It is necessary to apply an intensive current to an antenna for radiating electromagnetic waves therefrom. A current is generally applied to an antenna at a power-feeding point. In addition, it is necessary for the power-feeding point to have such a length that a radiation resistance is equal to 50 ohms, in order to match the antenna to a power-feeder. The rest of the antenna other than the power-feeding point is necessary only for generating an intensive current at predetermined frequency by resonating the rest of the antenna.

From the above-mentioned standpoint, Japanese Unexamined Patent Publication No. 2000-188506 has suggested an antenna which attempts to shorten a length of the antenna by replacing the rest of the antenna other than a power-feeding point with a reactance device. The antenna suggested in the Publication is illustrated in FIG. 2.

As illustrated in FIG. 2, a linear electrical conductor pattern 112 is electrically connected at one end to a power-feeding point 113, and at the other end to a reactance device 114. The reactance device 114 is comprised of an electrical conductor having a first length in a length-wise direction which first length is longer than a second length perpendicular to the first length, such as a mianda-shaped electrical conductor. The reactance device 114 is mounted on an upper surface of a printed substrate 110 in an area where a ground pattern 111 is not formed in both upper and lower surfaces of the printed substrate 110. The reactance device 114 and the linear electrical conductor 112 extend perpendicularly to each other, and forms reverse-L-shaped configuration.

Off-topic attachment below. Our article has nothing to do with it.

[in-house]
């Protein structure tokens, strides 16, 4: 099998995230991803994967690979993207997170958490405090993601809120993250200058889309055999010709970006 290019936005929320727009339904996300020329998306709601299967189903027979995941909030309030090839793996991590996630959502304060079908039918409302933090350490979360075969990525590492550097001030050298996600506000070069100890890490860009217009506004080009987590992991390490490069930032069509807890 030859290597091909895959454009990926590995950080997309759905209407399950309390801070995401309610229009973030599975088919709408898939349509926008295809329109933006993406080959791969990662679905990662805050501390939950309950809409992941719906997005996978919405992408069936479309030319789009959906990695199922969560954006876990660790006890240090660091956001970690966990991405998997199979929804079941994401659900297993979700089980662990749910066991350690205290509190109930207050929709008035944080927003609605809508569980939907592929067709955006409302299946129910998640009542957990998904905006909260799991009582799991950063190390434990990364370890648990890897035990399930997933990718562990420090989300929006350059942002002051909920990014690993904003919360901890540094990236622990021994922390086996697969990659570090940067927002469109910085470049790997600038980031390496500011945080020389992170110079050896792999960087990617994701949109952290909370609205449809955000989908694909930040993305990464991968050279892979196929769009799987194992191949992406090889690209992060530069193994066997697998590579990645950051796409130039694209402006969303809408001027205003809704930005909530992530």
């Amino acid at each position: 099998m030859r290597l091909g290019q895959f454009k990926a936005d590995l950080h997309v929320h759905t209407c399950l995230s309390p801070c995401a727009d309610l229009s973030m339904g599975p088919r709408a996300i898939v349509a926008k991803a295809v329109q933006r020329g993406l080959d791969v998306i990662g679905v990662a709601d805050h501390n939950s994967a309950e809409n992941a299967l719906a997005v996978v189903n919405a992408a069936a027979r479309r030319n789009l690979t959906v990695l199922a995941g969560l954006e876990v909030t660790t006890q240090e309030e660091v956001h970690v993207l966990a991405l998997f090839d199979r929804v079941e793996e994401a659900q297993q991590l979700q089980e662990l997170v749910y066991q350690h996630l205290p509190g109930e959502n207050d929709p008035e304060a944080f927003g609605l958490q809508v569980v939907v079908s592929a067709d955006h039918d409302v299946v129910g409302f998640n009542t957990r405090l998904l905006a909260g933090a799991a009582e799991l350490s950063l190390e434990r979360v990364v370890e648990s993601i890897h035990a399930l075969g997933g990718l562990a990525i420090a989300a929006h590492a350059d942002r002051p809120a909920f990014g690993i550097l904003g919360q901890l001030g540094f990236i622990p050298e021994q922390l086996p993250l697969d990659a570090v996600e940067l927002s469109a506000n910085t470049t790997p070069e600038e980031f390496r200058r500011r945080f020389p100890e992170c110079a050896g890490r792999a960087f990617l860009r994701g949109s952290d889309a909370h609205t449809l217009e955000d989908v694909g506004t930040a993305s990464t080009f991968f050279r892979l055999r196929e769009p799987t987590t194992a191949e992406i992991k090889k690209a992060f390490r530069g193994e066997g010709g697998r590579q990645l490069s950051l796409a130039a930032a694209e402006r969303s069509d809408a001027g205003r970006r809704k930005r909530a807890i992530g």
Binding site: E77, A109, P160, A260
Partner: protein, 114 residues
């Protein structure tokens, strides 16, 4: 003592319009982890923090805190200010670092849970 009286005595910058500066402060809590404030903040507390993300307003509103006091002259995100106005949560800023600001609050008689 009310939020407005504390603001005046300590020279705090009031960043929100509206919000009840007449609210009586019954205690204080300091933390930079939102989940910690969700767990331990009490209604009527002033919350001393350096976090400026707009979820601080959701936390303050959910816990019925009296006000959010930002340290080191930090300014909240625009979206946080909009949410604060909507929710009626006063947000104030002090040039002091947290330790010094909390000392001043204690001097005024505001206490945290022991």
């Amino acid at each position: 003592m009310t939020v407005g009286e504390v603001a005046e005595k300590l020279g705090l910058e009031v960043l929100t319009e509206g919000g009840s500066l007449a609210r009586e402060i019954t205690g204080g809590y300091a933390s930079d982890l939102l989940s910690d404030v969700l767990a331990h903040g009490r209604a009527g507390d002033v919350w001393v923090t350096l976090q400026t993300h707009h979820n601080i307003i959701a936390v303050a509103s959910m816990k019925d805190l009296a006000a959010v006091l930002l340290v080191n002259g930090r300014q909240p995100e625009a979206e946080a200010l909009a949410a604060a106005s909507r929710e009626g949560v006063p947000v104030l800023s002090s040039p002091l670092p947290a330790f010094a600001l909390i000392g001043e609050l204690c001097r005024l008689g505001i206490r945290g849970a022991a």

However, the above-mentioned Japanese Unexamined Patent Publication No. 9-55618 is accompanied with the following problems.

In the Publication, the chip antenna 100 is resonated by introducing electromagnetic waves into the electrical conductor 104 having a length equal to a quarter of a wavelength of the electromagnetic waves. To this end, the electrical conductor 104 has to be reciprocated many times. This results in an increase in a length of the electrical conductor 104, causing a bar in fabricating the chip antenna 100 in a small size.